"Stories From Our Lives:"

October 01, 2009 | Shawna Malvini

Humor, tragedy, heartbreak, healing, loss, redemption ... As with most health care institutions, Adventist Health is filled not only with patients, beds, doctors and nurses, but with stories. For each patient that walks in the door and for each clinician that does the business of healing, comes a collection of memories and experiences that touch hearts, change lives and demonstrate the healing love of God. Thanks to the hard work of Adventist Health nursing leadership throughout most of the system's 17 hospitals, a collection of patient care stories came together this year in the newest devotional book, Stories From Our Lives. Below are three edited excerpts from the heart-felt publication.

Unexpected Results

Many years ago, Dennis Reed, registered nurse, was relieving on the obstetric unit at Tillamook County General Hospital. The only patient that day was a woman who was about to lose her third child. She had carried this one for 26 weeks and, at that time, babies born at this gestation were not expected to survive.

"As I entered her room, she was in tears, knowing she was about to lose another child," recalled Reed.

"Why is this happening to me?" she cried. "I would make a good mother. I've prayed to God, but He doesn't seem to hear me."

"I don't remember what I said that day; her cry — more to God than to me — still resonates in my ears," said Reed. "If there was any way for her labor to stop or the baby to live, I wanted this for her, too."

It was a slow day in the rest of the hospital, so Reed stayed to offer his support. The time finally arrived, and the baby was born. After attending to the mother, the doctor went back to the nursery to see the baby. He was surprised to find the baby was still breathing, and not as labored as expected. Immediately he contacted the tertiary hospital many miles away.

"For almost two hours, it worked with this baby, waiting for the transport team to arrive," he remembered. "When the team saw the baby with their own eyes and how well she had done for this long, they also started to hope for a miracle."

The hospital received reports for at least a month that the baby girl was doing well. Then, as often happens, we heard no more. Recently, Reed asked the doctor if he had heard any more about this child. The physician was happy to report she had graduated from college with honors. Surely this young woman was God's miracle!

Gentle Promptings

Gary* was suffering from cancer, had undergone multiple surgeries and was experiencing scleroderma. He was in great pain, no matter what we did, so he often called for help.

"It was my turn to care for him, and I knew it was just a matter of time until he would die," said Glenna Collier, registered nurse. "I tried all the interventions I knew to make him comfortable, but nothing seemed to be effective."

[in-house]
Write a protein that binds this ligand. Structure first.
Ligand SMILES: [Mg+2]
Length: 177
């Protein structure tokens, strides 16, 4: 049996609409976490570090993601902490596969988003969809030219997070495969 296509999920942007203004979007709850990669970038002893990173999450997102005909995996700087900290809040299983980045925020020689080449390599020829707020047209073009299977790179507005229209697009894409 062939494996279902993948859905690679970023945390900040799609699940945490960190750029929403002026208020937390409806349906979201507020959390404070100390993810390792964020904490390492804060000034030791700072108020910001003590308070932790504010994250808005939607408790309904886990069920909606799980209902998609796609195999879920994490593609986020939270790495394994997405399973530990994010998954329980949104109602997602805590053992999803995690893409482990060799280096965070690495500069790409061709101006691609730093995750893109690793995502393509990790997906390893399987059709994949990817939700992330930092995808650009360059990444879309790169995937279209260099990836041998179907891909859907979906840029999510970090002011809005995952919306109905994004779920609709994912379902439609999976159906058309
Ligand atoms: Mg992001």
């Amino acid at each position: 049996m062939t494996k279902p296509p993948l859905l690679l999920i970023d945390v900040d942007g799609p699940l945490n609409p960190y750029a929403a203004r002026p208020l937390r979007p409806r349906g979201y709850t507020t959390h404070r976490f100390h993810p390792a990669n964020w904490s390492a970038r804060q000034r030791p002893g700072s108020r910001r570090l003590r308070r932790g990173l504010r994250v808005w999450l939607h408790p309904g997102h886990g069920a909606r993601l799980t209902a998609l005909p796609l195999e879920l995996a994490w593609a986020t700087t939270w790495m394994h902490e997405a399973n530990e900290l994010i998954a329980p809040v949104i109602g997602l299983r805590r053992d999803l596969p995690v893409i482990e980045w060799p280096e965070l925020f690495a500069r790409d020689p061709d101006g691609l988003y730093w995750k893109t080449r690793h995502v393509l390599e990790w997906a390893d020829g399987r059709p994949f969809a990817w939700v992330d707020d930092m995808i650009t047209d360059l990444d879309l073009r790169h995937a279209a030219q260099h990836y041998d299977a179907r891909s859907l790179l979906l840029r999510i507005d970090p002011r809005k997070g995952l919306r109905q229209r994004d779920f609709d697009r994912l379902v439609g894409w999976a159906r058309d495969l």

Part of the way through her shift, Collier had a strong feeling to share a song with him — "‘Tis So Sweet to Trust in Jesus." She kept pushing back the urge, thinking it would be too awkward.

However, the sense was overwhelming, so on her break she went see him. Holding his hand, Collier started to sing. By the time she finished, they both were crying.

"He told me he had never heard the song and that it was beautiful," she recalled. "He said that he wanted it sung at his funeral."

It wasn't long before Gary was discharged to a care center. Not long after that, he died.

"I will never forget that experience and the power we have to heal in so many ways when we allow ourselves to be used by God," said Collier.

The Power of a Kind Thought

Charity Barruetta, registered nurse, was less than thrilled about being scheduled to work on Christmas Day. However, she figured it probably wasn't her patients' choice to be in the hospital on Christmas, either. Determined to make the best of the situation, Barruetta brought Christmas cards to work in an effort to create a more festive environment for her patients.

"Most of them said, ‘Thank you, and Merry Christmas!' but I will never forget one gentleman," remembered Barruetta. "I entered his room to complete the morning assessment and began chatting. When I gave him the card, he stared in disbelief. His eyes filled with tears."

The man told Barruetta he was completely alone, and hadn't received a card in many years. He explained to her how much it meant to him and gave the young nurse a warm hug.

"I left his room with a prayer in my heart that he would feel God's presence," she said. "I had a great sense of gratitude for my loving family and friends, with whom I could celebrate Christmas when my shift ended."

About three years later, the gentleman was in the hospital again. As he was being rolled out of his room on his way to a procedure, he recognized Barruetta and called out her name.

"He told me again how much he appreciated the Christmas card I had given him. He said that he had a gastro-intestinal bleed and didn't know what was going to happen to him. I held his hand and listened," recalled Barruetta. "It's a wonderful thing when God uses you to touch the soul of another human being. I was touched just as deeply as my patient was on that first Christmas Day I spent at work."

* Names have been changed to protect patient privacy.